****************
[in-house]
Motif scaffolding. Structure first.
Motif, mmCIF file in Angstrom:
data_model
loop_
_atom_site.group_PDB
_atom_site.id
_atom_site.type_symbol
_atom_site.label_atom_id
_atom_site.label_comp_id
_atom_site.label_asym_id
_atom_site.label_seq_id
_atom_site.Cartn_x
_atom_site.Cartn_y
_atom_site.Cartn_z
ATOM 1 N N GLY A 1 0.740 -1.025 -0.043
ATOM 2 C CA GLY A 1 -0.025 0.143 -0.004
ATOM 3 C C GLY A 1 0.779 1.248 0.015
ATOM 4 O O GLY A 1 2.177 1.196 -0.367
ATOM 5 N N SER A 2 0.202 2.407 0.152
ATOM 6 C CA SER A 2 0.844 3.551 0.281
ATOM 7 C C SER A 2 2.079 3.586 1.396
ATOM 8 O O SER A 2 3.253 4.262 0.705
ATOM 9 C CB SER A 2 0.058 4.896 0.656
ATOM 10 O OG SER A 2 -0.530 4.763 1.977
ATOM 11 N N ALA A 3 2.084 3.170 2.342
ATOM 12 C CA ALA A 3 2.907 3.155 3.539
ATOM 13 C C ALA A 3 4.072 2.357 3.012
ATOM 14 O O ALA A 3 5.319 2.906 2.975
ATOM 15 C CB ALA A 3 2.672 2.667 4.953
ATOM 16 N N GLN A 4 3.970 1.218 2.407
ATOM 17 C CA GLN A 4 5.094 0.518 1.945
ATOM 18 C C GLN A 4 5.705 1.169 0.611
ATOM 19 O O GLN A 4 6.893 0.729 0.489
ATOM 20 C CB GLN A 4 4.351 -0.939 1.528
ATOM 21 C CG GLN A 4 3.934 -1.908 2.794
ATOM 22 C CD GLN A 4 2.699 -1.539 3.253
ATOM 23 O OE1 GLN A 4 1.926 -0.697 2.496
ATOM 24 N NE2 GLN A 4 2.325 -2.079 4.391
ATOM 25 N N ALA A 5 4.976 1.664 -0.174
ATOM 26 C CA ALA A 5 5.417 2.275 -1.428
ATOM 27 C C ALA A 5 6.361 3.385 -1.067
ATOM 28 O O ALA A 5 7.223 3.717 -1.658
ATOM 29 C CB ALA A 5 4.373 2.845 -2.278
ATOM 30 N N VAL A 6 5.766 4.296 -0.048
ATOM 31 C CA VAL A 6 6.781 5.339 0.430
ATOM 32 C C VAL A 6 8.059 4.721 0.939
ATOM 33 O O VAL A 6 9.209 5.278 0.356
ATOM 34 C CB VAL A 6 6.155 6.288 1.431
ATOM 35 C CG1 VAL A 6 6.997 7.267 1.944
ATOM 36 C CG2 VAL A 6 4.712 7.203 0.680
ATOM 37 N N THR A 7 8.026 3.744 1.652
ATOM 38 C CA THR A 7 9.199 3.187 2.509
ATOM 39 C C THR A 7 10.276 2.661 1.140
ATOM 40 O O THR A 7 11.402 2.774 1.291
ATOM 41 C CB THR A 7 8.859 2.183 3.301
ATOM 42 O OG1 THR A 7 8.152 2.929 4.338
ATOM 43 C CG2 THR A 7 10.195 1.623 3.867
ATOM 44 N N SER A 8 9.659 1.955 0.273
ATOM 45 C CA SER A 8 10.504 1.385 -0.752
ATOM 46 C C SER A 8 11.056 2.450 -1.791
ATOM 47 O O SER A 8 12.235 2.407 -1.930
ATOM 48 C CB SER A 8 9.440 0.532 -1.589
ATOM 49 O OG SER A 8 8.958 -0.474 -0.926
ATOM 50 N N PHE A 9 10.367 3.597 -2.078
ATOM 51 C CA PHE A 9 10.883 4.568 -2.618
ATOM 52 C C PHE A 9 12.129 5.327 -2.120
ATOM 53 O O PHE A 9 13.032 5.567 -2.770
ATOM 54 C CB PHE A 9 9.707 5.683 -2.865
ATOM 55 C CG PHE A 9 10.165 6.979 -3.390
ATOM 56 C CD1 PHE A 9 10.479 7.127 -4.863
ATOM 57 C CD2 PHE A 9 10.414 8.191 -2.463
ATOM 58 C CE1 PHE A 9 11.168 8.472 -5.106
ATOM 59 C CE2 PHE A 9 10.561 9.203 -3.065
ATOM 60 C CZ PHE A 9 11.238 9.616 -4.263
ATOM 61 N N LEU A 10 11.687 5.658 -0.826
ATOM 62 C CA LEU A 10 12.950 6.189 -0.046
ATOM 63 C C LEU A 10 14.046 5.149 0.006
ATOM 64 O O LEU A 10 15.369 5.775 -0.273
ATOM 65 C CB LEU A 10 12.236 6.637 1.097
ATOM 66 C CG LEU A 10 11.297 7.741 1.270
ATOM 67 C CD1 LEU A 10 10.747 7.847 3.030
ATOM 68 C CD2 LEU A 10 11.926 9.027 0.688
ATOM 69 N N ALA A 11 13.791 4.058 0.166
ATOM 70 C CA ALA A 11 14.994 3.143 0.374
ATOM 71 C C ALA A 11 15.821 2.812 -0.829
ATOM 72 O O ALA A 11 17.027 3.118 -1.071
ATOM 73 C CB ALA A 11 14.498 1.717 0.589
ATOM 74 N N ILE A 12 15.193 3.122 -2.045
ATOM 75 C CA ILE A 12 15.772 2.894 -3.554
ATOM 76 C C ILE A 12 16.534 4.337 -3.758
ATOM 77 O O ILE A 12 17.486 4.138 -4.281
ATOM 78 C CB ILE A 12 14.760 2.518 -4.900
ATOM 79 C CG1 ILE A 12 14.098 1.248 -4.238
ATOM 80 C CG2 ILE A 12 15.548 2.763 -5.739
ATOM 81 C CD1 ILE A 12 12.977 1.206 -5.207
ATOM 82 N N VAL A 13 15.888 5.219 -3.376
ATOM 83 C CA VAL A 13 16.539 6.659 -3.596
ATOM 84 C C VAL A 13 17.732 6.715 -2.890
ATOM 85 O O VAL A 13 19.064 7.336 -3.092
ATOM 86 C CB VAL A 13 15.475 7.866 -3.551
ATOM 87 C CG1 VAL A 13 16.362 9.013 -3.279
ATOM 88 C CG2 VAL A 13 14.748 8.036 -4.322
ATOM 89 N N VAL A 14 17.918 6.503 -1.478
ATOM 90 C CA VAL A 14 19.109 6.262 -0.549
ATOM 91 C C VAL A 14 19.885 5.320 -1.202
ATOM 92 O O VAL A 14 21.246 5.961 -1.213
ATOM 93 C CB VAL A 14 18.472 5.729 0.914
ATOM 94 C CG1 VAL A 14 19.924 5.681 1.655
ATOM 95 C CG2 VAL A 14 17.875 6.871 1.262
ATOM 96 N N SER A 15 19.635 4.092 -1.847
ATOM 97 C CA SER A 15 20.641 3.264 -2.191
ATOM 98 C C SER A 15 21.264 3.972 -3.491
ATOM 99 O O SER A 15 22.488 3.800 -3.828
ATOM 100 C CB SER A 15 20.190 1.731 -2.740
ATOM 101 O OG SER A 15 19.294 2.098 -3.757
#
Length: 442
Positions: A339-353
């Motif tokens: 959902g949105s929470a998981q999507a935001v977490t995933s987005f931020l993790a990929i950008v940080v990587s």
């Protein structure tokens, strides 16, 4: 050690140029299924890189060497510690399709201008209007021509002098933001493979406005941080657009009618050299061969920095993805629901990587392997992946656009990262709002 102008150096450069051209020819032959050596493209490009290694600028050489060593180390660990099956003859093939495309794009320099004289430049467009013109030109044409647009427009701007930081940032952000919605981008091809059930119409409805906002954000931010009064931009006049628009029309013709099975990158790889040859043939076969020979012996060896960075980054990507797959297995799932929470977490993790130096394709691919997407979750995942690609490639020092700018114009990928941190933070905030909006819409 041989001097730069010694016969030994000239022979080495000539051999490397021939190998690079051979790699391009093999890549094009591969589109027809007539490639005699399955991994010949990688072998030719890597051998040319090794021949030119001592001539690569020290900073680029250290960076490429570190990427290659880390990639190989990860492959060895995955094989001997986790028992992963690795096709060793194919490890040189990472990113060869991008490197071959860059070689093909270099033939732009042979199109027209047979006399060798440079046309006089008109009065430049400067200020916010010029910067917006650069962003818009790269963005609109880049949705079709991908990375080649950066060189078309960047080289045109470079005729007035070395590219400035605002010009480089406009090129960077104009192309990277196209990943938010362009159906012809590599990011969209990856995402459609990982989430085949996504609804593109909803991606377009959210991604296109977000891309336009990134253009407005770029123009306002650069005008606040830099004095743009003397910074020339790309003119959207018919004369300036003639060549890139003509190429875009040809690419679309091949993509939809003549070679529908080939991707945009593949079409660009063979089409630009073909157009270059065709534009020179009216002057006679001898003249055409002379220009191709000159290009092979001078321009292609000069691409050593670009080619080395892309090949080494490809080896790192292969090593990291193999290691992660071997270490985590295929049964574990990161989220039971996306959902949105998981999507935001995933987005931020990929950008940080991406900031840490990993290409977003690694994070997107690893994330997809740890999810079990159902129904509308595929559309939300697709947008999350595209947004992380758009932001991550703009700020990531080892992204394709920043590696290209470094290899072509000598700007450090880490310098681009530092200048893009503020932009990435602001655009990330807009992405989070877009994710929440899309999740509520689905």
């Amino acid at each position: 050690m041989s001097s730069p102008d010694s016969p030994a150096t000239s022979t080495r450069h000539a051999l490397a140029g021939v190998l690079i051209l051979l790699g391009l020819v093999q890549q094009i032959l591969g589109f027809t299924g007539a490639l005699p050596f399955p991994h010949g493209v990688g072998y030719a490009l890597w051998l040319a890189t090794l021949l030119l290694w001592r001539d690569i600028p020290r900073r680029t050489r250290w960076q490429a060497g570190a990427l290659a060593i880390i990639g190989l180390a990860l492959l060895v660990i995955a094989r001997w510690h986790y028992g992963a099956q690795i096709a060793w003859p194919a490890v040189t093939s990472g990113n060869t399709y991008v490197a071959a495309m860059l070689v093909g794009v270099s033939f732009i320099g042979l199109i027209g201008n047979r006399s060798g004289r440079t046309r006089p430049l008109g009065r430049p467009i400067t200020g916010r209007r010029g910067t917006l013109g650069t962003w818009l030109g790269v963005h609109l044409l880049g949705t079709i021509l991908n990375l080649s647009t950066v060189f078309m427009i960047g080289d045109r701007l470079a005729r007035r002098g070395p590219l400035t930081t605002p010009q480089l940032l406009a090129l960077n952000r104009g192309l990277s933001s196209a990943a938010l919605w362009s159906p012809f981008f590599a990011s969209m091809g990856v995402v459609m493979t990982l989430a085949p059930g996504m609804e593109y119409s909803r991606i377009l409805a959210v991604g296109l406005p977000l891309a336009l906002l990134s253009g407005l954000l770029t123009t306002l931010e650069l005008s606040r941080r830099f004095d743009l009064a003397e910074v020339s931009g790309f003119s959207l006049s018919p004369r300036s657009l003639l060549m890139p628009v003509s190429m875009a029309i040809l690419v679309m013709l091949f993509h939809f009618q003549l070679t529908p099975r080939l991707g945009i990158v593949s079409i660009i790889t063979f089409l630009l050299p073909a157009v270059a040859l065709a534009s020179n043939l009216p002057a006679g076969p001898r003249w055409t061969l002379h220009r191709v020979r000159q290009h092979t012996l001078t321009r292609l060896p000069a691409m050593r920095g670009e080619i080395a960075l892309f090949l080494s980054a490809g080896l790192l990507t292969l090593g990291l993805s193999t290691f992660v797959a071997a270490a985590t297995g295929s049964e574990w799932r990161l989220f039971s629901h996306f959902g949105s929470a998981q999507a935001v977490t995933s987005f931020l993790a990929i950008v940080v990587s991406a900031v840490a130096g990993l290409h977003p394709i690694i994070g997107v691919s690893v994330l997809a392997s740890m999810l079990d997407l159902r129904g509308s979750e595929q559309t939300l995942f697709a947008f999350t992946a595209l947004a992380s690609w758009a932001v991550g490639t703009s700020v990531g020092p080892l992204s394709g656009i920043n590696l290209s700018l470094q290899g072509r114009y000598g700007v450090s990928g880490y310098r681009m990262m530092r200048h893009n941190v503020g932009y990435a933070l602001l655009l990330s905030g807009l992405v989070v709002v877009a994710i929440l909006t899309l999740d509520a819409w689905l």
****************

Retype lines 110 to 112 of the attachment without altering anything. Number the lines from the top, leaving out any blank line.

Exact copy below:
ATOM 95 C CG2 VAL A 14 17.875 6.871 1.262
ATOM 96 N N SER A 15 19.635 4.092 -1.847
ATOM 97 C CA SER A 15 20.641 3.264 -2.191